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The Nissan Leaf electric is seen charging during the press day of the LA Auto Show in Los Angeles, California.
With the rollout of their car the Leaf, Japanese automaker Nissan has charged confidently into the burgeoning new world of electric vehicles (it’s an initiative the company first explored with the Altra back in 1997). Now they’ve furthered their commitment to eco-responsibility by employing energy-efficient car carriers to bring the Leaf to America.
“As Nissan went to the effort to launch the Nissan Leaf at that time, in terms of the logistical flow, we thought there would be a way for us to contribute using state-of-the-art technologies,” said Tomohiko Uchiyama, president of Nitto Kaiun Corporation, the company that produces the boat.
The Nichioh Maru is a solar-powered car carrier with a special low-friction hull for more efficient movement through the water. About the size of a football field and a half, the carrier can haul up to 1380 cars at a time. Featuring LED lighting and an electronically controlled diesel engine, Nissan claims that the Nichioh Maru reduces carbon emissions by about 18 percent, saving 1400 tons of fuel a year.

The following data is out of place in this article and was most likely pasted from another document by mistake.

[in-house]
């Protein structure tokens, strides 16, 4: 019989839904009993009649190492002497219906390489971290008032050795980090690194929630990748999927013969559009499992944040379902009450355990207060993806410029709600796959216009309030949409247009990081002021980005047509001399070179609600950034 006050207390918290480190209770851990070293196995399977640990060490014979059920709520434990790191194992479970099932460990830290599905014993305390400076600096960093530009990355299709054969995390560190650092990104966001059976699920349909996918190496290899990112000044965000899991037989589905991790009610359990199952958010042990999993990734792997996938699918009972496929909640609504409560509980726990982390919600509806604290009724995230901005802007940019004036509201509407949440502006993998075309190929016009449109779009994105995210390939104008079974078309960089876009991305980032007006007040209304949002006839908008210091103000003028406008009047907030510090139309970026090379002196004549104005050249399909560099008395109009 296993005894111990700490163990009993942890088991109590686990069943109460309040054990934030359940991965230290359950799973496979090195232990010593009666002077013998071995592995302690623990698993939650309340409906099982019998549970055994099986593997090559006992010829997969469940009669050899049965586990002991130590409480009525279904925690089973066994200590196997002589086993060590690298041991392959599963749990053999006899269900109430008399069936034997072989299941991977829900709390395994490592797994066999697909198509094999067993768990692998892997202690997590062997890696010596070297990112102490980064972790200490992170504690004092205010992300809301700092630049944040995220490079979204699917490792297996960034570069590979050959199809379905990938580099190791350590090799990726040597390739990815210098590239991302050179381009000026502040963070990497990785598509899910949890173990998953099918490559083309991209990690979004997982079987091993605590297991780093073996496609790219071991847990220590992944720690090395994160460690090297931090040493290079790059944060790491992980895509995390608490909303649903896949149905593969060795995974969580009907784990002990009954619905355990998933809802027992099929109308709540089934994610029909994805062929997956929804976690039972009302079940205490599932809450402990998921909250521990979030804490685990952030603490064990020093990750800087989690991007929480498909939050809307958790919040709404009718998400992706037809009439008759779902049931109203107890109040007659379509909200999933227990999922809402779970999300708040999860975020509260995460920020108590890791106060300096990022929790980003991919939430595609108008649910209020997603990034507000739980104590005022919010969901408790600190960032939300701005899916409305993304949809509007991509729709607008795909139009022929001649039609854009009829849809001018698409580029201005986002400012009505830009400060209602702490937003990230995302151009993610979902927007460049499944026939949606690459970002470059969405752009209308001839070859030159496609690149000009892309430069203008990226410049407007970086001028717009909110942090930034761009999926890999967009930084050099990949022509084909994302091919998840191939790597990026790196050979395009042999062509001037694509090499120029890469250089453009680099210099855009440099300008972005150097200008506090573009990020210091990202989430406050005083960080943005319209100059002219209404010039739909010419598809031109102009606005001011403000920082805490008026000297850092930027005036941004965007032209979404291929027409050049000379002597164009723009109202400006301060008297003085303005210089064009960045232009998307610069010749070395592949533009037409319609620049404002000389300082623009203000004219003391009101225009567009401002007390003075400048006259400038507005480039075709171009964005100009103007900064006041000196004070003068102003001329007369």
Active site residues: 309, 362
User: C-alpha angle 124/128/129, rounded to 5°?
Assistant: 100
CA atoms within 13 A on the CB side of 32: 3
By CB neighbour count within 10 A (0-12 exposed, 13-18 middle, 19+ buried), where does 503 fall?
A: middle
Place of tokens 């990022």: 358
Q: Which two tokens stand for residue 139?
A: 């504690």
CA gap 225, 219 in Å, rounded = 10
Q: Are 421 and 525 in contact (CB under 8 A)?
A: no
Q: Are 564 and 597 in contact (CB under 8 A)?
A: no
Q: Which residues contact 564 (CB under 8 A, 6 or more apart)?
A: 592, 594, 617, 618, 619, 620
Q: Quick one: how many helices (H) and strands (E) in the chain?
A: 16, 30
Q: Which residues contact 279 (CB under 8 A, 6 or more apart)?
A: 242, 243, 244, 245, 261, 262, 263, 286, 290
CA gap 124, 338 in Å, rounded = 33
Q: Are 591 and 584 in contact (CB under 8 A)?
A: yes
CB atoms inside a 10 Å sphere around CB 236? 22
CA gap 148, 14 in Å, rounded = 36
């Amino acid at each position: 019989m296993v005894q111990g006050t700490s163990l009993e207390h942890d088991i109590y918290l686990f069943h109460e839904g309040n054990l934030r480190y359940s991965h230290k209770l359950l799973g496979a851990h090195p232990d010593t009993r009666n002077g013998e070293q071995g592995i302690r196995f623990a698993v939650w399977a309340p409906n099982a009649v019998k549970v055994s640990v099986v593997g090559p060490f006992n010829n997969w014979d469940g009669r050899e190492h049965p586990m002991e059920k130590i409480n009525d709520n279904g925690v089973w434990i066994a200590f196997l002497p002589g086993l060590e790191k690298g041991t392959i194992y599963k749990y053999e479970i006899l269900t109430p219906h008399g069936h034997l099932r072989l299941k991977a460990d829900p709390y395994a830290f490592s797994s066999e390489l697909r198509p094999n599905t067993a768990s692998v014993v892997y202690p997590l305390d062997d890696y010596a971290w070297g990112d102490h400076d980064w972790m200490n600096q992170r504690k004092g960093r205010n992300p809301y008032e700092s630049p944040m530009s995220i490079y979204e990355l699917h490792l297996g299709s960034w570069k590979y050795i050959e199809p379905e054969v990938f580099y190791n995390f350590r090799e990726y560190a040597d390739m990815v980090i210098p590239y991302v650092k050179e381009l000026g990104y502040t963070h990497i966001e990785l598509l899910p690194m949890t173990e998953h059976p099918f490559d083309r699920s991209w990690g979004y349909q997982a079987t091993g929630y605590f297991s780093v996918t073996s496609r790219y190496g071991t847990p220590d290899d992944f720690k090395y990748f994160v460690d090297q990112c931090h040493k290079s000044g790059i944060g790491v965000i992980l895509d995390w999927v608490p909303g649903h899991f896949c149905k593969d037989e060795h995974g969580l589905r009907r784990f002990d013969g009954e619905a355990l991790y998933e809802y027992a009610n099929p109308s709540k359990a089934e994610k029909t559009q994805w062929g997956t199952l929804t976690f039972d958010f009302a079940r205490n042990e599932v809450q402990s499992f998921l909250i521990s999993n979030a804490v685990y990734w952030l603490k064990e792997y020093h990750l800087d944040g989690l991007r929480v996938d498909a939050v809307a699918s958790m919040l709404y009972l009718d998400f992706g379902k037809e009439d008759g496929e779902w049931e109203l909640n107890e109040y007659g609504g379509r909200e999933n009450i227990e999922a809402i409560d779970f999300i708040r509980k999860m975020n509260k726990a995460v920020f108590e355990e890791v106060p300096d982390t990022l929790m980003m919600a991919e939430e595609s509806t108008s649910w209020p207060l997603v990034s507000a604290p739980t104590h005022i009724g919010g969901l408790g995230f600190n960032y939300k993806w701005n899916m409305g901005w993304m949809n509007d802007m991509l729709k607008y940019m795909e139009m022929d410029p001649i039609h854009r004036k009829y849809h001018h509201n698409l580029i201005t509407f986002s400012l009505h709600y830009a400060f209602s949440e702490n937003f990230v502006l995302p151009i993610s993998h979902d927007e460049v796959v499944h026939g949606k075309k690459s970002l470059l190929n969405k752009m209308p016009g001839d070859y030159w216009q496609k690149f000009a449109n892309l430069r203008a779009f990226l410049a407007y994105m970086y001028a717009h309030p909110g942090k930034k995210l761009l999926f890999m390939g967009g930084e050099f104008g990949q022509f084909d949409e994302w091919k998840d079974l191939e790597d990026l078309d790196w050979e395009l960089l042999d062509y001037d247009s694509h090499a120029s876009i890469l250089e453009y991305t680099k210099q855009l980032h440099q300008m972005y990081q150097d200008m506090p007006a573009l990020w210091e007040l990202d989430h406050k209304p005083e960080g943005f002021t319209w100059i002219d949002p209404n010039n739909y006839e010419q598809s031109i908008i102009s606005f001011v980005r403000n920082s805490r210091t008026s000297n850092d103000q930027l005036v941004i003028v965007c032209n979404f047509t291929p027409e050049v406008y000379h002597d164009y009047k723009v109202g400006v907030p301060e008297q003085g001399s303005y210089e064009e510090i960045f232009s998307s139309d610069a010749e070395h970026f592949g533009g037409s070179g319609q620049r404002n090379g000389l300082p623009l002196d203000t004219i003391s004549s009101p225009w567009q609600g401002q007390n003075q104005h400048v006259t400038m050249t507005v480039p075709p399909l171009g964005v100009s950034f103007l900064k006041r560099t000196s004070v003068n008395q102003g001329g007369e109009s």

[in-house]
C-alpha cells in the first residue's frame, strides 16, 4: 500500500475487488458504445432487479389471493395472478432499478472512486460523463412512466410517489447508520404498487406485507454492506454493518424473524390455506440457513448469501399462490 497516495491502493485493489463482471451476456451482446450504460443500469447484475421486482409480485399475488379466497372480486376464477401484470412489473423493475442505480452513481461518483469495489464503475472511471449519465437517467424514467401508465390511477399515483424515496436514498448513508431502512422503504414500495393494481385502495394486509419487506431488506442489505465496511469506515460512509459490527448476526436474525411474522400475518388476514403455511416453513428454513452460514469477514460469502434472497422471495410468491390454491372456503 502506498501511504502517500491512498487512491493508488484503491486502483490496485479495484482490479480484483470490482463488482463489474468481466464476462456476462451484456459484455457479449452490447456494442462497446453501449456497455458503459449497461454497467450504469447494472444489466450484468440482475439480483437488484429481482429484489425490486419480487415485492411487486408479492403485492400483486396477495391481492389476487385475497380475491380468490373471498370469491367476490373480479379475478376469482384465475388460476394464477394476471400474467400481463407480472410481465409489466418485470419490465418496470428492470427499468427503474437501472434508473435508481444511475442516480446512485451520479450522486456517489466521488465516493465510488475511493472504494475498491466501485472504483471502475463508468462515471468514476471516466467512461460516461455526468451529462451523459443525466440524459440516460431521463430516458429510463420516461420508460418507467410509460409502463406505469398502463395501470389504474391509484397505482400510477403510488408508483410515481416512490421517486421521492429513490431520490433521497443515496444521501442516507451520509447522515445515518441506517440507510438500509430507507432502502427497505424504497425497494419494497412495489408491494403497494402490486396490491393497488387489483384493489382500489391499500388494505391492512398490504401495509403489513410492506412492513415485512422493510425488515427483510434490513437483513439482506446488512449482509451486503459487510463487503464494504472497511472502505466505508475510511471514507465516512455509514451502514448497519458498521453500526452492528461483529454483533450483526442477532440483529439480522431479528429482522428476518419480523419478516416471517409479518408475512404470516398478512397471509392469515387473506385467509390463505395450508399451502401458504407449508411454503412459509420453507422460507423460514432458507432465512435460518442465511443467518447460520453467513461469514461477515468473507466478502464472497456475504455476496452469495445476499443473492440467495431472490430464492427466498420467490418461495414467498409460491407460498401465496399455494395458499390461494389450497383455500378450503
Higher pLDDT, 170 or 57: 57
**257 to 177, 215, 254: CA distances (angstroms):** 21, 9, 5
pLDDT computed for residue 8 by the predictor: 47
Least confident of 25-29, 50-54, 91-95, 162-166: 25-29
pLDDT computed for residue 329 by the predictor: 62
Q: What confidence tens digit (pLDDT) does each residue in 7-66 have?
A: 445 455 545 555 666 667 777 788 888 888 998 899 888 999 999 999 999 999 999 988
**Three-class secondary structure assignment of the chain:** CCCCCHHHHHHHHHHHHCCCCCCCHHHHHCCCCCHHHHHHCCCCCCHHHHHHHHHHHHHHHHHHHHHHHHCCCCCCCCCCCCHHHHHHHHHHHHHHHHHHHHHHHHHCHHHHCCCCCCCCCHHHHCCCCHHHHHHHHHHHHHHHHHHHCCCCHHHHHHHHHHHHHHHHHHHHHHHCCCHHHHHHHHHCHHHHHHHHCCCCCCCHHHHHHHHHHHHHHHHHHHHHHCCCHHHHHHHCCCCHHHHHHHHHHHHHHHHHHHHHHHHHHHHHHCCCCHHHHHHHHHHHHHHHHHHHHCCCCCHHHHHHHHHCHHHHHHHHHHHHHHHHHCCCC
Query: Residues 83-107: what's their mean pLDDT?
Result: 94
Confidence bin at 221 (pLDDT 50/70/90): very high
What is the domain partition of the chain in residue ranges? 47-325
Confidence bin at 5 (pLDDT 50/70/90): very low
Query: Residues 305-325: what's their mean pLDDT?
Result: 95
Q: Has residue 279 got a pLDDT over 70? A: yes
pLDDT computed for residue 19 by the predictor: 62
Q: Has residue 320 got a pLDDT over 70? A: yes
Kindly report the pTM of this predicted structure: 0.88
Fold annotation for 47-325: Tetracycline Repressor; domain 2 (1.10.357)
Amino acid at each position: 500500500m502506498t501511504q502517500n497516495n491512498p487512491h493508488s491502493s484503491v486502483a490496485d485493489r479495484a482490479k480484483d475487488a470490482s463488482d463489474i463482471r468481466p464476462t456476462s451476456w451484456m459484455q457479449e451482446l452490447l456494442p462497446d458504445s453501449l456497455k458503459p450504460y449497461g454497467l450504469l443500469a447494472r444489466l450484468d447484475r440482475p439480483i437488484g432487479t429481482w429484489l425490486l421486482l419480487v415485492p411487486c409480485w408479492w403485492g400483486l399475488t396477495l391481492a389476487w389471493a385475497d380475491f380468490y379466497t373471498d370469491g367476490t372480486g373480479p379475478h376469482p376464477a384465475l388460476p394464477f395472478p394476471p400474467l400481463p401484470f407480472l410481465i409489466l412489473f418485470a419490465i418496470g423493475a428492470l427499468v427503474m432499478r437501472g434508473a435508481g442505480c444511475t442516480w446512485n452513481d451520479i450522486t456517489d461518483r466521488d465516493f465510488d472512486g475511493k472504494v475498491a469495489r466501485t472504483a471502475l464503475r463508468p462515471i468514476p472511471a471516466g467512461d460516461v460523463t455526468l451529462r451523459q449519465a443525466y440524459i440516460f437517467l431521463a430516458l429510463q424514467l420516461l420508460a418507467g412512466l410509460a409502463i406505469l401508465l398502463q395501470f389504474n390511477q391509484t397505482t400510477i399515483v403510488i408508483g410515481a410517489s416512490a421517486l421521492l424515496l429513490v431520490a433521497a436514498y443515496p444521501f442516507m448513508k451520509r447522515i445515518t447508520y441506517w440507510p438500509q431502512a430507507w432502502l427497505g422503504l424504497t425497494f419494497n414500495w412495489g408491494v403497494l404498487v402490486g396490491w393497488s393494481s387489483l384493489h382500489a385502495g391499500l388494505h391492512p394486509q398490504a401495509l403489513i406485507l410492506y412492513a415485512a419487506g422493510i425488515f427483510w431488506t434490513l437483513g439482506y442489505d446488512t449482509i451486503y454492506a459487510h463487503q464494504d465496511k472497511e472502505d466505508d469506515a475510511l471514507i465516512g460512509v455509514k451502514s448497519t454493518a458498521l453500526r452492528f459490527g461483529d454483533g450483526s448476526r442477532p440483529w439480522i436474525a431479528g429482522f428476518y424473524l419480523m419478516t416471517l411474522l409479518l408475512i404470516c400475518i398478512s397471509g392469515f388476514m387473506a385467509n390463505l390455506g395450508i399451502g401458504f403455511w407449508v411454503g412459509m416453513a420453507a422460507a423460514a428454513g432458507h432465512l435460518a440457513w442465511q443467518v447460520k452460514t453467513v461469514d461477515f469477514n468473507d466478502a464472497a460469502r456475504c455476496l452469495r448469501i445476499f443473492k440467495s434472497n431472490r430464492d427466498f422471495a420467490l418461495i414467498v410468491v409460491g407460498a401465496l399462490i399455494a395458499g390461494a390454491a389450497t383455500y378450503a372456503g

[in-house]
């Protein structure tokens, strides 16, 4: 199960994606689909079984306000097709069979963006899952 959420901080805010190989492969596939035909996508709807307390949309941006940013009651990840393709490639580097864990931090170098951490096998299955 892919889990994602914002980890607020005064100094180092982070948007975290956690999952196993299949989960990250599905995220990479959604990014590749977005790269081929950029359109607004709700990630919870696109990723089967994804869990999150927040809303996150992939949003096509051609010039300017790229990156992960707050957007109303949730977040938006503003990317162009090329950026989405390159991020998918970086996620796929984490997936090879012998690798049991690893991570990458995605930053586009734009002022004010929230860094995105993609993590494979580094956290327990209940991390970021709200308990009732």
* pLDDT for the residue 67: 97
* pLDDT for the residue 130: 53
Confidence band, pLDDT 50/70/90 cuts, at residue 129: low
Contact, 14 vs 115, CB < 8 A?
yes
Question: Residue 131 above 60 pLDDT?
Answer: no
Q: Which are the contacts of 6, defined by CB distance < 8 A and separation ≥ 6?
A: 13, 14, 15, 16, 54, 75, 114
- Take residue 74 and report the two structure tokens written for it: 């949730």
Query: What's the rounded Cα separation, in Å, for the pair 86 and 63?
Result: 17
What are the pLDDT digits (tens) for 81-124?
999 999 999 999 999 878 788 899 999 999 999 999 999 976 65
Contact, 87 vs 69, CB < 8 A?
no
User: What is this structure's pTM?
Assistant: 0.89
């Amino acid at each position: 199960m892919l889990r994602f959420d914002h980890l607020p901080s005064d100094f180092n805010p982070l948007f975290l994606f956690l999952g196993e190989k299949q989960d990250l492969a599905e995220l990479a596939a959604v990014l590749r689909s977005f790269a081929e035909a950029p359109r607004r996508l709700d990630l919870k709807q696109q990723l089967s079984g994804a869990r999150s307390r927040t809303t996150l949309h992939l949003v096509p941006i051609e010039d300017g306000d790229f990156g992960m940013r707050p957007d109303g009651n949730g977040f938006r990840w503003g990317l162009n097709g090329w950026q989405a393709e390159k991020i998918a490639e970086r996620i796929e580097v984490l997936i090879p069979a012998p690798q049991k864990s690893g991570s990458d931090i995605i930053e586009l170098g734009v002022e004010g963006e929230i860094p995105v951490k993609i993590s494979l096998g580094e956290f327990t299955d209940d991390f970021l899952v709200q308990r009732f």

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Japanese automaker Nissan’s luxury division, Infiniti, has won the high-performance hybrid drag race – literally.
Pitting the 2012 Infiniti M Hybrid against Porsche’s 2012 Panamera S Hybrid in an actual race dubbed “The Duel”, the Infiniti literally does donuts around the Porsche after beating it in a head-to-head race.
It’s a boast Infiniti can back up since last fall, when none less than the Guinness Book of World Records made it official and recognized the Infiniti M Hybrid as the world’s fastest accelerating full-hybrid car. It achieved the status after burning up a quarter-mile track in just 13.9031 seconds. When they brought in a third-party (AMCI Testing) to substantiate the claim, the Infiniti M was clocked even faster at 13.41 seconds over that same quarter-mile. Not nearly as much fun as a head-to-head drag race, but I digress.